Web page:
In 2016, North Dakota voters approved a medical cannabis ballot. Since 2018, voters have attempted to pass adult use but have failed. North Dakota legislation has also shot down bills decriminalizing marijuana for several years. But in brighter news, legislation from Rep. Mary Schneider (D) cleared the House in an 86-6 vote this March, allowing terminally ill patients to use proof of their admittance in hospice care in lieu of a doctor’s written recommendation to register as a medical cannabis patient. The Senate unanimously, in a 45-0 vote in favor of the bill, now heads to the desk of Gov. Doug Burgum (R).
Hospice programs are primarily funded by Medicare, which causes issues for clinicians who work in the hospice setting and want to provide medical marijuana. Many hospices say they cannot legally prescribe medical marijuana because it remains a Schedule 1 controlled substance under federal law. With this bill and the urgency of hospice care, regulators would have to issue a cannabis patient card within 14 days of receiving the documentation, and application fees would be waived. This bill also expedites the process for caregivers. Caregivers would be allowed to pick up medical marijuana products for their patients in hospice without going through the process of a background check. This is also the process for those who are treating patients that are terminally ill.
Caregivers of Terminally ill Patients
In a broad description, a “caregiver” is someone who is designated to supply cannabis to an individual (patient) for medical purposes. It varies state by state, the roles and responsibilities a caregiver is allowed, and how to become a medical marijuana caregiver. Most state caregivers assist those unable or unable to access medical marijuana themselves, including children and those receiving hospice care. Caregivers follow the patient’s doctor’s recommendations and assist with applying for new medical marijuana cards and card renewals.
In most states, cannabis caregivers are designated by the patient. Caregivers can have multiple patients but usually focus on one patient. The relationship between caregiver and patient is very important to ensure quality care to the patient. Registered caregivers approved by the state’s medical marijuana program are allowed to access medical marijuana legally. This includes purchasing directly from a dispensary or assisting the patient in growing their own marijuana.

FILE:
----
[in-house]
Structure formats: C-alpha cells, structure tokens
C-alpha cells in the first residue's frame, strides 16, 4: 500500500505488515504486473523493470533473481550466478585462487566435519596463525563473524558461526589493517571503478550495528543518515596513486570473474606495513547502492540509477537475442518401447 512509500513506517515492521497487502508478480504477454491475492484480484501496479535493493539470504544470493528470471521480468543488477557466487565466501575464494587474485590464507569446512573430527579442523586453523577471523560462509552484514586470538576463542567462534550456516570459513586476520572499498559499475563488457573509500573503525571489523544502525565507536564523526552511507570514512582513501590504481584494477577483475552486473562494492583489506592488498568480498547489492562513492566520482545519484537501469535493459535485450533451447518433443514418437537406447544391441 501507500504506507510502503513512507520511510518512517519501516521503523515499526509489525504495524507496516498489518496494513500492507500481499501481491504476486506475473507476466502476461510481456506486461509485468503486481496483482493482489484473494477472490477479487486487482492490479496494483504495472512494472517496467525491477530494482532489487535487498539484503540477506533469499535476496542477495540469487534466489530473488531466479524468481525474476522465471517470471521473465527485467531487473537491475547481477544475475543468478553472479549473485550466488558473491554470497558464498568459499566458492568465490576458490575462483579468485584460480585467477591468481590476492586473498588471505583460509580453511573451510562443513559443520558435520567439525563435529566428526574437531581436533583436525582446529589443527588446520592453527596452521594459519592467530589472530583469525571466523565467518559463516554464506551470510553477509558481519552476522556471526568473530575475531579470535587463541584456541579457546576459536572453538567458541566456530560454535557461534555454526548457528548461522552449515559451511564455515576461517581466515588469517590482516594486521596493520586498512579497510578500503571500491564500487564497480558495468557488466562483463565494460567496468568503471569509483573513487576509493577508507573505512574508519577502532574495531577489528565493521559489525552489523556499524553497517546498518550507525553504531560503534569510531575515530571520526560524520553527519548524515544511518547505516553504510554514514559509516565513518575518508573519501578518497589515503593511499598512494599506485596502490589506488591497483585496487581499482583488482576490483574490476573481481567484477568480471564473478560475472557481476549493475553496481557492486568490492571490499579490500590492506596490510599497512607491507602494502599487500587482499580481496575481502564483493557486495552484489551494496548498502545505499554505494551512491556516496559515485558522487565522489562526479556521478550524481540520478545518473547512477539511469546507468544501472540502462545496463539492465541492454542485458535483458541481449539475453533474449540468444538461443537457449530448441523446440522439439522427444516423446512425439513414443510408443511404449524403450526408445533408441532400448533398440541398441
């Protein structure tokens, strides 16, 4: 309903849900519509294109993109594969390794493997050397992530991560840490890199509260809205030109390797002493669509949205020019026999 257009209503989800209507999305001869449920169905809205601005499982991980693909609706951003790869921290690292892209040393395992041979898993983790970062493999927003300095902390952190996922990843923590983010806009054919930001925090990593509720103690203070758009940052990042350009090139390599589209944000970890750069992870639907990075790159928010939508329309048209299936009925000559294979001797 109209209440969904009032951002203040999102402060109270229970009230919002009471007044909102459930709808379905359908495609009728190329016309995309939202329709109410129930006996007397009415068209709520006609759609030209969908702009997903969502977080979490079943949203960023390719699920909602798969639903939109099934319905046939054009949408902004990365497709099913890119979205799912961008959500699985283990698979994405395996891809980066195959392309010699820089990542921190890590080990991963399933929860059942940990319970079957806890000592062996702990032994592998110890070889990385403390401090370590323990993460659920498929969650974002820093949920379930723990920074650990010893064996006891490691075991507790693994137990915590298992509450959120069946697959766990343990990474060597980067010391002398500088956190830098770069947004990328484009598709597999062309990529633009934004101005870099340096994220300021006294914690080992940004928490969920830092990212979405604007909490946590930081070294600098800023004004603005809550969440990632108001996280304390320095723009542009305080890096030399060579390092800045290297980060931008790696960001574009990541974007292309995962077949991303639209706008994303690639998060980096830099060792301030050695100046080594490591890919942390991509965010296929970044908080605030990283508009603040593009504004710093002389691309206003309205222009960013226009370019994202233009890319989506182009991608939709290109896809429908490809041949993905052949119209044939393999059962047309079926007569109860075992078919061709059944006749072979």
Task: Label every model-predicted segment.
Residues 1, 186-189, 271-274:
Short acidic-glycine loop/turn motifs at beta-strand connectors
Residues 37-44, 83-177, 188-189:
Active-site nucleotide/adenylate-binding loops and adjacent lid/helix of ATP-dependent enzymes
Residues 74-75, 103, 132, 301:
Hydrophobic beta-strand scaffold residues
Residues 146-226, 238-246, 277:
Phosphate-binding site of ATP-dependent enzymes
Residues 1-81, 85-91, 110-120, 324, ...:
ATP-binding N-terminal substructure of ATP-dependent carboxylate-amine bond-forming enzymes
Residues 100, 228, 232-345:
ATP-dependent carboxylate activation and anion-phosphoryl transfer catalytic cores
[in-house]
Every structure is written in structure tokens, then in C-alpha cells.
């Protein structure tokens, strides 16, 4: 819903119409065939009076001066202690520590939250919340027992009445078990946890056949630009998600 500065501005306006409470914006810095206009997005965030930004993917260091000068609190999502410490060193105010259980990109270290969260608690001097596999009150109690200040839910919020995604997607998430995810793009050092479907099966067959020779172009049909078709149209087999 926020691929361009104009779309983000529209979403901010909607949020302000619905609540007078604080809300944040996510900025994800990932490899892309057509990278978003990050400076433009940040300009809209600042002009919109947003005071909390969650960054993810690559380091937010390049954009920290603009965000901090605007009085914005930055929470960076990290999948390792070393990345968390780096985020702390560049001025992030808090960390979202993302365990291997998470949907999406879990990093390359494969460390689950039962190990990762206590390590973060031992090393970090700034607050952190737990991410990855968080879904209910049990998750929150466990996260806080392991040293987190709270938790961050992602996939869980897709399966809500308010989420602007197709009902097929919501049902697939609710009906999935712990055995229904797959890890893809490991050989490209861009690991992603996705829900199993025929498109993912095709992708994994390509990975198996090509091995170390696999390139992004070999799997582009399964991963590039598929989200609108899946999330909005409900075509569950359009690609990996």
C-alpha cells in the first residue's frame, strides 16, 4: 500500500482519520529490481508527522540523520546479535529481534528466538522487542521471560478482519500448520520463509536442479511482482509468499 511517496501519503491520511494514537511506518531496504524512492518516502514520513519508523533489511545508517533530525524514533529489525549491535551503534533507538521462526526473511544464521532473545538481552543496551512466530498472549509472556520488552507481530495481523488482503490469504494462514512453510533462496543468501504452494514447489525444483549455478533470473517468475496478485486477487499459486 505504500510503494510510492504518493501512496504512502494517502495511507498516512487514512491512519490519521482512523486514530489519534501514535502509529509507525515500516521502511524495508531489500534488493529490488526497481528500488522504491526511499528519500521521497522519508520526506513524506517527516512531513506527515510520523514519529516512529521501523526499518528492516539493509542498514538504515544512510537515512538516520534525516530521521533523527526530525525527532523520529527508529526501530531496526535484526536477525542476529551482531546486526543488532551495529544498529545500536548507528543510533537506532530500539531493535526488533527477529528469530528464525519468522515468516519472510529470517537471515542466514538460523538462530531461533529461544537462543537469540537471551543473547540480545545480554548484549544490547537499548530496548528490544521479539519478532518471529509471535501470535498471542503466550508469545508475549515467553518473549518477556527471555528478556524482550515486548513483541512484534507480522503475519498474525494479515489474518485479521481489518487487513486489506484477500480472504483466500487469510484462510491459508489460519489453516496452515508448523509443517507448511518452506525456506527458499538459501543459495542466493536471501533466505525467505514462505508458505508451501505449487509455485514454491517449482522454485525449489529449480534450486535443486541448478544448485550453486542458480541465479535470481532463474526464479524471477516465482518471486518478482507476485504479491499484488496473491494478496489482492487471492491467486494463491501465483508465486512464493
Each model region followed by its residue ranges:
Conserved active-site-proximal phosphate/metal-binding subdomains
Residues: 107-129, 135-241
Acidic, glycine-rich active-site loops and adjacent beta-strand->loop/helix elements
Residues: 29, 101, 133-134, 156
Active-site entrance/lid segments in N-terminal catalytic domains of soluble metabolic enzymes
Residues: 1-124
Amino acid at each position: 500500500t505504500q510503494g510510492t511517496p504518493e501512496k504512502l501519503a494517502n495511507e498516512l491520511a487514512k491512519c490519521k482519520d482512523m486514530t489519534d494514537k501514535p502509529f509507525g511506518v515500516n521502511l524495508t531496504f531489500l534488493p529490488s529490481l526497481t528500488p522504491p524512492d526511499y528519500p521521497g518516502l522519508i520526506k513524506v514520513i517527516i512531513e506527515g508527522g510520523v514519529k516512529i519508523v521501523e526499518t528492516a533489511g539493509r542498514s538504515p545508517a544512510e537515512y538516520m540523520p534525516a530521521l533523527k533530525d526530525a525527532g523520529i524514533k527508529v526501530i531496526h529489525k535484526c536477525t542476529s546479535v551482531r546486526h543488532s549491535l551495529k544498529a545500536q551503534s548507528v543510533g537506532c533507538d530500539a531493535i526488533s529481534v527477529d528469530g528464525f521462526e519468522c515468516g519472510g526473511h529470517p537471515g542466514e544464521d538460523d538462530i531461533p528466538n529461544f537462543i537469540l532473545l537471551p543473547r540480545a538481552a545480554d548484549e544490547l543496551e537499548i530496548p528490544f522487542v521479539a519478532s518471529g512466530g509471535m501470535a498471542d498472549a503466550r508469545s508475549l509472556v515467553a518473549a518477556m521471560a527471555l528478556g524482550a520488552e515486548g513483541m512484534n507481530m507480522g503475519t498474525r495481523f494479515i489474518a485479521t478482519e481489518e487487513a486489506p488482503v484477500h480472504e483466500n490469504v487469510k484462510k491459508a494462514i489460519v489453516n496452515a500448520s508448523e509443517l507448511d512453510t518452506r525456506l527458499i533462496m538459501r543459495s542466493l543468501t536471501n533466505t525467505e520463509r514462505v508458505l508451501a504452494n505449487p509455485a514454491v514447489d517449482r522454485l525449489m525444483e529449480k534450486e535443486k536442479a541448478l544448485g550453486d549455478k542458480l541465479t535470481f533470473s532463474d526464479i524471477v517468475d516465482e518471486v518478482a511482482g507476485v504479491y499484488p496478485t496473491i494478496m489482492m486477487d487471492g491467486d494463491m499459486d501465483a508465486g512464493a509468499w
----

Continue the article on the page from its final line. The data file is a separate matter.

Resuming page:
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Caregivers are also able to provide transportation for their patients to and from doctors or dispensaries if they are too ill or otherwise unable to do so themselves. Caregivers must also follow the various rules when it comes to who and how a patient’s medicine can be administered. Again, it varies from state to state. For example, in some states, caregivers can only administer certain types of medication. In some states, vapes are an approved method of medical marijuana. In other states, caregivers can only provide tinctures, transdermal creams, or capsules.
In most states, caregivers must follow the legal application process with their state agency to become designated. North Dakota’s bill aims to bypass this process. This process varies depending on the state. Cannabis caregivers cannot consume any of their patient’s marijuana products. In some states, caregivers cannot consume any cannabis unless they have a medical card or are located in a state that allows for adult use. Caregivers cannot cultivate cannabis for anyone besides those who are designated to receive it. Caregivers cannot sell or give away any of their patient’s cannabis to anyone.
Qualifying Conditions That Often Apply to Hospice Care
While most states with medical marijuana programs do not specifically include hospice as a qualifying condition, several other conditions apply to patients receiving hospice care. These qualifying conditions include
- Chronic Pain
- Cachexia or wasting syndrome
- Intractable nausea
- Severe, painful, and persistent muscle spasms
- Positive status for Human Immunodeficiency Virus (HIV Positive)
- Acquired Immune Deficiency Syndrome (AIDS)
- Decompensated cirrhosis
- Amyotrophic Lateral Sclerosis (ALS / Lou Gehrig’s Disease)
- Agitation of Alzheimer’s disease
- Post-traumatic Stress Disorder (PTSD)
- Intractable epilepsy
- Autism with self-injurious or aggressive behavior
- Chronic Debilitating Migraines
While these are the most common qualifying conditions, each state has its own category of qualifying conditions. Again, most states do not list hospice care as a qualifying condition, but the conditions above are often found in those receiving hospice care.
What This Means for Hospice Patients
Allowing caregivers to bypass the fees and background checks required to assist patients allows those receiving hospice care to streamline their care. Those receiving hospice care often cannot leave their home or care facilities to obtain medical marijuana on their own. North Dakota’s bill will help eliminate barriers for those seeking relief with medical marijuana.